India-Pakistan Peace Survives, Somehow

ISLAMABAD – As Pakistan stumbles toward democratization amid domestic political uncertainty, armed unrest led by Islamists along the Afghanistan border, and strained military relations with the U.S., a broad consensus in favor of the peace process with India survives – almost miraculously.

However, proponents of the process on both sides of the border will have to do a good deal more to make it sustainable.

Many long-term trends point toward Pakistan’s evolution into a full and robust democracy. But many things can go wrong in the short run, especially as regards the restoration of the superior court judges dismissed by President Pervez Musharraf and the fate of the shaky ruling coalition between the assassinated former prime minister Benazir Bhutto’s Pakistan People’s Party and the Pakistan Muslim League (PML) led by Nawaz Sharif.

That is the main conclusion following a recent visit to Pakistan by this writer, during the course of which he met a cross-section of political observers, social scientists, former policymakers, and civil society activists.

Three clusters of factors are likely to determine the outcome of the present tussle in Pakistan between the forces of participatory democracy and conservative elements yearning for the continued dominance of the military in public life.

The first cluster consists of short-term moves by key players, including Musharraf, Bhutto’s widower and PPP co-chair Asif Ali Zardari, and Sharif – besides a sustained and impressive movement by lawyers for the restoration of dismissed judges – culminating in the ongoing roughly 400-mile-long march, from Multan to Islamabad.

The second set of factors has to do with the complex relationship between Musharraf, Washington, and the Pakistani army, which has come under unprecedented strain following the June 10 killing of 11 Pakistani soldiers in a U.S. missile attack of a tribal area near the Afghanistan border. Pakistan’s government has condemned this is as an act of naked aggression.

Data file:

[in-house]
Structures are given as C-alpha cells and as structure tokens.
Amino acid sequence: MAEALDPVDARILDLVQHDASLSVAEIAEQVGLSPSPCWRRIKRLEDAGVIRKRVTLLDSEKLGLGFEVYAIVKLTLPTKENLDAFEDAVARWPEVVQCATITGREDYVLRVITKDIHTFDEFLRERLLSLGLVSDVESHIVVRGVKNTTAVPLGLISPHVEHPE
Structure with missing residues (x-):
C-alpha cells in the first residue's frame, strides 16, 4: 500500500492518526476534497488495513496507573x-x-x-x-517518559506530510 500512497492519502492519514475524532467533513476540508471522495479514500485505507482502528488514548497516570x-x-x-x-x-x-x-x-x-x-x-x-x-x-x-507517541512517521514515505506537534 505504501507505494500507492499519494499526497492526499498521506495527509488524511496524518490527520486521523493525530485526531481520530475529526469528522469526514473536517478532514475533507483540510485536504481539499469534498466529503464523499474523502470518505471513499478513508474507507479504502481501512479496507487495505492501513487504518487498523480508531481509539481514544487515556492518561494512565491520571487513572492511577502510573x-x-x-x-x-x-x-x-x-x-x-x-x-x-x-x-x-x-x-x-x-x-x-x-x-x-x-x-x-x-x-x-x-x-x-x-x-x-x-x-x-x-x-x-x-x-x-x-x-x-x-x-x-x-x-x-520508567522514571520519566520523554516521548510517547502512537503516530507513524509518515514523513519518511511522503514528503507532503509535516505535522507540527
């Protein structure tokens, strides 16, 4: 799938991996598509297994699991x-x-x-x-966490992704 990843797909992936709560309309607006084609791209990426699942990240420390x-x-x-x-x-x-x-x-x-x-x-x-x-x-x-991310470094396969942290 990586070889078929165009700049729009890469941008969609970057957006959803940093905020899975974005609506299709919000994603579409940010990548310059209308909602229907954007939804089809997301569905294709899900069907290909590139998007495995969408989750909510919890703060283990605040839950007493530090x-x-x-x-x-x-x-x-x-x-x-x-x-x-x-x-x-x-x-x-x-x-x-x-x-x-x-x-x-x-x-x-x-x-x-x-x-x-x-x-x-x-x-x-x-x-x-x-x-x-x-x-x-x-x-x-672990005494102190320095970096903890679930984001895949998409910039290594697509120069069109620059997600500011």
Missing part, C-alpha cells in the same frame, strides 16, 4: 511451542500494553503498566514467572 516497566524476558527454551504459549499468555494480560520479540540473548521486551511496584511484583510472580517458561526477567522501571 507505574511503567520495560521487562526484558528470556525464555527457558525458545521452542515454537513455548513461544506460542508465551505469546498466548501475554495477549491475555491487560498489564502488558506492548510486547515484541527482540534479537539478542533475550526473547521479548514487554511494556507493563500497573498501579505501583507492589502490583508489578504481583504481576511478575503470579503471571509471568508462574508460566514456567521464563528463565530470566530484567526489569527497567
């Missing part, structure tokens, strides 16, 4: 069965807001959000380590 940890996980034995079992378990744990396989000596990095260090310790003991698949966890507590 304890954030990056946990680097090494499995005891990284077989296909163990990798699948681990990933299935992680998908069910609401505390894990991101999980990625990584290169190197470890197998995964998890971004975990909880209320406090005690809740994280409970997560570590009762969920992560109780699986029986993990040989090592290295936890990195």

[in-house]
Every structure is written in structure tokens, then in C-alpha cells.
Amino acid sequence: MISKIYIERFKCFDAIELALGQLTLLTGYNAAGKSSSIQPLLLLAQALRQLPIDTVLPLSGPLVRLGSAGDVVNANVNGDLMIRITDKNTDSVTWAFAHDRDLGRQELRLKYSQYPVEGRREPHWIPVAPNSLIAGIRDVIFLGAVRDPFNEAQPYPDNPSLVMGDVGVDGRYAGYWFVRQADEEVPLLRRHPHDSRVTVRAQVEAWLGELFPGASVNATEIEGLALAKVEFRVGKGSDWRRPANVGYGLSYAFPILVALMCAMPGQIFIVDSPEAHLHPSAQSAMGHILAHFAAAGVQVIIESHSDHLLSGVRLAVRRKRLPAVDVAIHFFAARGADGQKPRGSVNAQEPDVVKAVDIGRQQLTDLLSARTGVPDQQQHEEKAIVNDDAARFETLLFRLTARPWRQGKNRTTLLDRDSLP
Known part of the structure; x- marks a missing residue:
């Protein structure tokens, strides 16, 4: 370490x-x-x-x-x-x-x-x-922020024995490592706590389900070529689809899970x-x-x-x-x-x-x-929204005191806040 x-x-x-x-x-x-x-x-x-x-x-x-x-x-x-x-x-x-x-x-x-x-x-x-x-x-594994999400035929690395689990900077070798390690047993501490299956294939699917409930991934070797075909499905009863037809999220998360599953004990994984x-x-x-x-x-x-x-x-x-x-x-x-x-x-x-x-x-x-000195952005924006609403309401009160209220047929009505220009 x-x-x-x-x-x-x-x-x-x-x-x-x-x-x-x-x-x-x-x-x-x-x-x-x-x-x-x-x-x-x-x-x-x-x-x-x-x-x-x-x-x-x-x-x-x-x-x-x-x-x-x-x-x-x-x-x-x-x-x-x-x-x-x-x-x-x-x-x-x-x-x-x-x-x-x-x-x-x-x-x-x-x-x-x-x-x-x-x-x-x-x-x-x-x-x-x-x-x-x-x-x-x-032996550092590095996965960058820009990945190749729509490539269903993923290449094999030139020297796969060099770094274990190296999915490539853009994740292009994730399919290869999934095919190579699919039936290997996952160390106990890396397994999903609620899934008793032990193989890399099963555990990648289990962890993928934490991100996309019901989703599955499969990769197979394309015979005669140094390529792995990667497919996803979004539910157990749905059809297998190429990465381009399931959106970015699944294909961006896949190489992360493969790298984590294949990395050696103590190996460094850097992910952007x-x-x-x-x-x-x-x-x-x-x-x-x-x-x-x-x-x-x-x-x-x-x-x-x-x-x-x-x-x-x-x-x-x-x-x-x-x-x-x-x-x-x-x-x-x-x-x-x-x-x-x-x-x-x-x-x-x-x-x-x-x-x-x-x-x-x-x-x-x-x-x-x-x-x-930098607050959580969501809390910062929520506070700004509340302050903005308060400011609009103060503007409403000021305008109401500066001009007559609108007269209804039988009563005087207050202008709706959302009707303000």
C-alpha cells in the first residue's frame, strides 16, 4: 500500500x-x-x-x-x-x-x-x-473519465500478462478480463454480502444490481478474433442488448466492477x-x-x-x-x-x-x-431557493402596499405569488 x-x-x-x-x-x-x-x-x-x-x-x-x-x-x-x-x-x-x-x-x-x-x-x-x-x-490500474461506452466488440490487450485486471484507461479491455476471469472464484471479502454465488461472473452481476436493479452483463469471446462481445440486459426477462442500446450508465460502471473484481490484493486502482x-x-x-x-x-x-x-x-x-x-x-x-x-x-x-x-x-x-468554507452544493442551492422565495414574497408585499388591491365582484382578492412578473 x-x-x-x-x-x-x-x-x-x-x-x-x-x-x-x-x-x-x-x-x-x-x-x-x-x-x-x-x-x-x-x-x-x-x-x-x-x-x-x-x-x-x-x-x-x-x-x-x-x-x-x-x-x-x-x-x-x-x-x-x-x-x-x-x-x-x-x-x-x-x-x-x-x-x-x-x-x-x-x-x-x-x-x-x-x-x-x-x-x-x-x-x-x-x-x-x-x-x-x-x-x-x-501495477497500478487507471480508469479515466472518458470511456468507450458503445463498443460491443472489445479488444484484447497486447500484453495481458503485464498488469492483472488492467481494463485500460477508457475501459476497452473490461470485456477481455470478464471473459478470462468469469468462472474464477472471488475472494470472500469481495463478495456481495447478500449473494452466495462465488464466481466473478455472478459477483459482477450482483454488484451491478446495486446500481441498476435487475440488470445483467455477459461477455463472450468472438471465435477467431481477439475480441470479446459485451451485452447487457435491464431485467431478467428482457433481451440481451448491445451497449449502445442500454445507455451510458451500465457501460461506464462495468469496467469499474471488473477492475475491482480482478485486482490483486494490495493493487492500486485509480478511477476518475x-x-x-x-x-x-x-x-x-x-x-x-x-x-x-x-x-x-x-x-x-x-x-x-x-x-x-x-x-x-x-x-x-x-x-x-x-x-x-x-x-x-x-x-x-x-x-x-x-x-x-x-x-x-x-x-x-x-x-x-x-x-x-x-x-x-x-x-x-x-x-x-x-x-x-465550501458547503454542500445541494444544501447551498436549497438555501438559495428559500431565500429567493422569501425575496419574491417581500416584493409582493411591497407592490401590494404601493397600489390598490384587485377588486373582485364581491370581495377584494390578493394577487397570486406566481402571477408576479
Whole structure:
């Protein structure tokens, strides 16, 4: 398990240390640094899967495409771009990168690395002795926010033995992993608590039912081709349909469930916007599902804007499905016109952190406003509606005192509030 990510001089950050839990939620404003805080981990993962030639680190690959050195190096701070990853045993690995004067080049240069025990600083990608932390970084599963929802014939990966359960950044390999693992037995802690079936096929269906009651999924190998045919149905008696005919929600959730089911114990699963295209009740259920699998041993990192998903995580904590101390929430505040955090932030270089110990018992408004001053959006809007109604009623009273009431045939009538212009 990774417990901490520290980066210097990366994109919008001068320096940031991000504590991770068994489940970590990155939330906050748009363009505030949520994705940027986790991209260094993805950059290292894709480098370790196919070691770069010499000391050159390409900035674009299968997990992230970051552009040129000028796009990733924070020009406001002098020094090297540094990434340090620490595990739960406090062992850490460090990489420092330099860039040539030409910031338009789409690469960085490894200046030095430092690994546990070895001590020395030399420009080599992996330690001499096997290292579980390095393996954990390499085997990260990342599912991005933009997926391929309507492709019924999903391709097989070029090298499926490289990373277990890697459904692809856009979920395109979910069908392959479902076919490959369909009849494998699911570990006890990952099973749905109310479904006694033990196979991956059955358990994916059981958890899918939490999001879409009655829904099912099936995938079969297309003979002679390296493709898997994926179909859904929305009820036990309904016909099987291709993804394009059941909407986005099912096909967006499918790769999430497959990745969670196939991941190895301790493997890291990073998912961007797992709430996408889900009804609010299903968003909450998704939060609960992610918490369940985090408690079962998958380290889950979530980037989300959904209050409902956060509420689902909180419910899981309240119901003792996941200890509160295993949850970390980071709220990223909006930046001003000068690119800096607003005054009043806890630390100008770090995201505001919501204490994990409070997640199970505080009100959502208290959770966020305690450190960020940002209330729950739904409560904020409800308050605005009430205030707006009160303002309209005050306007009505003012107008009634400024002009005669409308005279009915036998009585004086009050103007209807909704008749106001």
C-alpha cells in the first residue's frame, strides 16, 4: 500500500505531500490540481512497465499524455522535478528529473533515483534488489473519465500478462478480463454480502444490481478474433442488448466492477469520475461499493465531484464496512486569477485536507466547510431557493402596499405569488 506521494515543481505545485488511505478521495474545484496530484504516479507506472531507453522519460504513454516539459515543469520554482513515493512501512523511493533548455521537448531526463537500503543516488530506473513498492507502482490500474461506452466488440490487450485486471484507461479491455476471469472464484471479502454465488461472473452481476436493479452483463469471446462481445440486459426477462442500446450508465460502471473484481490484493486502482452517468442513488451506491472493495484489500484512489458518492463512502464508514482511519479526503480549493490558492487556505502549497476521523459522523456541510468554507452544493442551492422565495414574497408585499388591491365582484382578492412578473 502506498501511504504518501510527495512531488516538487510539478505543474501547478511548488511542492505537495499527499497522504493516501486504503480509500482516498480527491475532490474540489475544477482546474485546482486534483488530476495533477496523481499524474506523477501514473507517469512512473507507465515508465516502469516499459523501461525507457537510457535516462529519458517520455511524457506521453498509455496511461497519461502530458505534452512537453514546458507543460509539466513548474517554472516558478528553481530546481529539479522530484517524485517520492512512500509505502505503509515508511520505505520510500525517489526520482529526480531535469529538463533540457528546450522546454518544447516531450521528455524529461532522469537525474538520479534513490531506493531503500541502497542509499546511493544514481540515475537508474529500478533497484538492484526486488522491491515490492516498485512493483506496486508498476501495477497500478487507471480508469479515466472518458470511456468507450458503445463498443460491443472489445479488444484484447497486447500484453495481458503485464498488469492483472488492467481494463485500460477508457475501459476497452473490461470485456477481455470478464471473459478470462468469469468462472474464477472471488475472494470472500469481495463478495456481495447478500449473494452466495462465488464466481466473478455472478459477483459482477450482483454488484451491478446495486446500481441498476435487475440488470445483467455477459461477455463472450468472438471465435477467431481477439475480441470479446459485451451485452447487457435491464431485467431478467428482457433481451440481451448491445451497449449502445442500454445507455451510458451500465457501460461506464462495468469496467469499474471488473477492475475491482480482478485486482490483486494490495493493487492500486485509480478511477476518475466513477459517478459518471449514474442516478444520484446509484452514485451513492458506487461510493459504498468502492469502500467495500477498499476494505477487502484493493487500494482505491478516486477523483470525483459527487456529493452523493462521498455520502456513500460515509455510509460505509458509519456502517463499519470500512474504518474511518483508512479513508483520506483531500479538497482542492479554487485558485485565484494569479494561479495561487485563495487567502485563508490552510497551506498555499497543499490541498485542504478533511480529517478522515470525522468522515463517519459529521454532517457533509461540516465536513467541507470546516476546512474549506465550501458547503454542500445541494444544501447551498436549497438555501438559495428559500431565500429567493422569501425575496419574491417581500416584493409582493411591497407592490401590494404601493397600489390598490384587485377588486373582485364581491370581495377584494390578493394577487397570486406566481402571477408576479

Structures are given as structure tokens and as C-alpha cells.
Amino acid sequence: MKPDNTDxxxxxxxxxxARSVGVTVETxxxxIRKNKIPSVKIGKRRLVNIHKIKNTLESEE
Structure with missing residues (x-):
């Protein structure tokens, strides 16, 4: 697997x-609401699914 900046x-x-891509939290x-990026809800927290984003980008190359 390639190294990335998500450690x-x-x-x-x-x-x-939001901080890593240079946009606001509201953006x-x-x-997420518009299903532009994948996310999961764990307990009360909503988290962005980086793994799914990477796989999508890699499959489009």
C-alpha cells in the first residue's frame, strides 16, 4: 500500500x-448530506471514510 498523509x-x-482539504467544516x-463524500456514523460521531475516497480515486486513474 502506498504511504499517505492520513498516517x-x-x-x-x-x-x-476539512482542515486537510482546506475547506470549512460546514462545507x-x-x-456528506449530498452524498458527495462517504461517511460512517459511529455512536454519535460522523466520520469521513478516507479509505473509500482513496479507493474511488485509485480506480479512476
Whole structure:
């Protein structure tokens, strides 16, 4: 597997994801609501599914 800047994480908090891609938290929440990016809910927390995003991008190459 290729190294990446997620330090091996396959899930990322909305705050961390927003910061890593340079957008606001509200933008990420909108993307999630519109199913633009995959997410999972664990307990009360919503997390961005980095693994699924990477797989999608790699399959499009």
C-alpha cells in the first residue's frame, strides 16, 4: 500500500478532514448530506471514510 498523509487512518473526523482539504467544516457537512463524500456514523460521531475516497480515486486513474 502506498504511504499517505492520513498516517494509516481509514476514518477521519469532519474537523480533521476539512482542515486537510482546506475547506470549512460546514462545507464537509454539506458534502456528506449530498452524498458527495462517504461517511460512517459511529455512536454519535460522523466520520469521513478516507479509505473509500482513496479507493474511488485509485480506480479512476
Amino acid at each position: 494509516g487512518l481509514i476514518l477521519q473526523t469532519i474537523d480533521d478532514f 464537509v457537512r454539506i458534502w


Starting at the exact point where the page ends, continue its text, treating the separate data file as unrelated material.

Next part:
The third cluster is formed by the strategies of political parties in response to public opinion, which has emerged as a major force in Pakistan. It favors wholesome democratization and accountable governance.

Political turmoil has ensured that four months after national elections Pakistan still lacks a stable government. Most of the PPP-PML’s promises remain unfulfilled, and the PML is unlikely to return to the Cabinet from which it walked out in protest over the PPP’s refusal to quickly reinstate judges dismissed by Musharraf.

The two parties continue their uneasy alliance. "This was not unexpected given their disparate social and geographical bases, leadership backgrounds, and political priorities," says political scientist Rasul Bakhsh Rais. "The central question is whether they can hold together until Musharraf makes his long-overdue exit and the army’s role is weakened enough for a robustly democratic constitutional government to become possible."

However, Zardari lacks the courage to confront Musharraf and is under U.S. pressure to let him continue as president even if the judiciary is not restored.

Washington has convinced itself, against sober counsel, that Musharraf remains its best ally in fighting the Taliban and al-Qaeda, although his record is patchy and it is not clear that the Pakistan army will defend him in a confrontation with the civilian government.

Zardari is probably too tainted by his involvement in corruption to want to risk a reopening of the National Reconciliation Ordinance (NRO), which indemnified him against prosecution.